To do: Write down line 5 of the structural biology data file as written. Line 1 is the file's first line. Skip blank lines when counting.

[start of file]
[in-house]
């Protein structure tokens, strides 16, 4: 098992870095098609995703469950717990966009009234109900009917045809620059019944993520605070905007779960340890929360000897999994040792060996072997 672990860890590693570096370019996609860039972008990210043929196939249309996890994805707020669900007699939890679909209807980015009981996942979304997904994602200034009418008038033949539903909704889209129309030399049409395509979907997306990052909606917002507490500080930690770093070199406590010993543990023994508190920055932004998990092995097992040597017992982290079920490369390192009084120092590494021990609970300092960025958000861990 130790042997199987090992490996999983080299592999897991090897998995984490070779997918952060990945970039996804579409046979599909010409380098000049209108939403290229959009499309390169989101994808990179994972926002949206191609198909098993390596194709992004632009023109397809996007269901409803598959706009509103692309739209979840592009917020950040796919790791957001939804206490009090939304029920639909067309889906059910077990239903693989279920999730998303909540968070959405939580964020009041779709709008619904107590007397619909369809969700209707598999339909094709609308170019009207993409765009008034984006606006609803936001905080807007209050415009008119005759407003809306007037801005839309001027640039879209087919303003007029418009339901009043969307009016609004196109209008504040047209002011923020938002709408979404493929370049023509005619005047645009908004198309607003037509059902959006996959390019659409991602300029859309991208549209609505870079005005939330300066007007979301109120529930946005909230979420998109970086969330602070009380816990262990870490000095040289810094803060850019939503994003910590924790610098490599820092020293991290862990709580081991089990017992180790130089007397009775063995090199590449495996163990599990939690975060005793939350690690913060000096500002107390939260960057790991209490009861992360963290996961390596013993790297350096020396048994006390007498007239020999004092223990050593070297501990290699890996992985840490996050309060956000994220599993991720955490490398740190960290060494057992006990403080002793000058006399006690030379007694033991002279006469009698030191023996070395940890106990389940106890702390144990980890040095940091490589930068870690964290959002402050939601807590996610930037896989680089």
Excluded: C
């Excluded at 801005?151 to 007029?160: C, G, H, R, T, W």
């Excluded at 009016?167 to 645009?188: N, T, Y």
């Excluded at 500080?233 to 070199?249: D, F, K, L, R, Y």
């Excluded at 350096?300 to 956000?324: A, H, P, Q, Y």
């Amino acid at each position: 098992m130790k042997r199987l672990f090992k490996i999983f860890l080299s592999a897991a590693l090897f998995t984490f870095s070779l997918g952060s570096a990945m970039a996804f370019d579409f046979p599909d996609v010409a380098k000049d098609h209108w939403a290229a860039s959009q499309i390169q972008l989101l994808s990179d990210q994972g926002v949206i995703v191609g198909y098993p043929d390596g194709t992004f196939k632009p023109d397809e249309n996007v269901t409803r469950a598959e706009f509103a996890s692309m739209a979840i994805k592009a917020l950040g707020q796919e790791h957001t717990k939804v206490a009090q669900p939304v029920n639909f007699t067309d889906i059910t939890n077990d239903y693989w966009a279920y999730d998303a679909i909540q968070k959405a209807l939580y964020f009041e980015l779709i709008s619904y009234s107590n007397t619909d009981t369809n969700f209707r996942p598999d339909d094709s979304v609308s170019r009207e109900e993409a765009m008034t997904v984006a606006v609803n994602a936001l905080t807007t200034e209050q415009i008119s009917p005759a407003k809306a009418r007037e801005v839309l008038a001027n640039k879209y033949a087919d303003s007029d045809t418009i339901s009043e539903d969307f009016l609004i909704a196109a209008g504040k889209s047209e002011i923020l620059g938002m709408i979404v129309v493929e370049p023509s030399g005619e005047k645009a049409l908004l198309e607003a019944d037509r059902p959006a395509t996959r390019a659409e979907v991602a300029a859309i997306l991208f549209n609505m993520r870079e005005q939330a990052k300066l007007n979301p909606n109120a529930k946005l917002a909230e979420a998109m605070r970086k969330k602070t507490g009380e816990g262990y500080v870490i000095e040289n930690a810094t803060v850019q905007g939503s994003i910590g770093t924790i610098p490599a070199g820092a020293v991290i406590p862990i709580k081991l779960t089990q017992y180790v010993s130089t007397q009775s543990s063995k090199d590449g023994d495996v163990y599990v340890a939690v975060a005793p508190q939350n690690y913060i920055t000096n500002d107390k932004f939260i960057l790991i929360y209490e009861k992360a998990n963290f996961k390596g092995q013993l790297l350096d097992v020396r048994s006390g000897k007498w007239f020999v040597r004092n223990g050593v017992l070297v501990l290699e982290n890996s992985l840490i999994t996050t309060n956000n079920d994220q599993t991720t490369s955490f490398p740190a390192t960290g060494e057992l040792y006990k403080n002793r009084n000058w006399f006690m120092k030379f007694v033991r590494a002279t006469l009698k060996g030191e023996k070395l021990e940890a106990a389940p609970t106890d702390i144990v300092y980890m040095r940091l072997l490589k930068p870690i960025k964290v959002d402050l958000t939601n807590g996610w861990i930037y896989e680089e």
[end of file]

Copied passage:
């Excluded at 009016?167 to 645009?188: N, T, Y």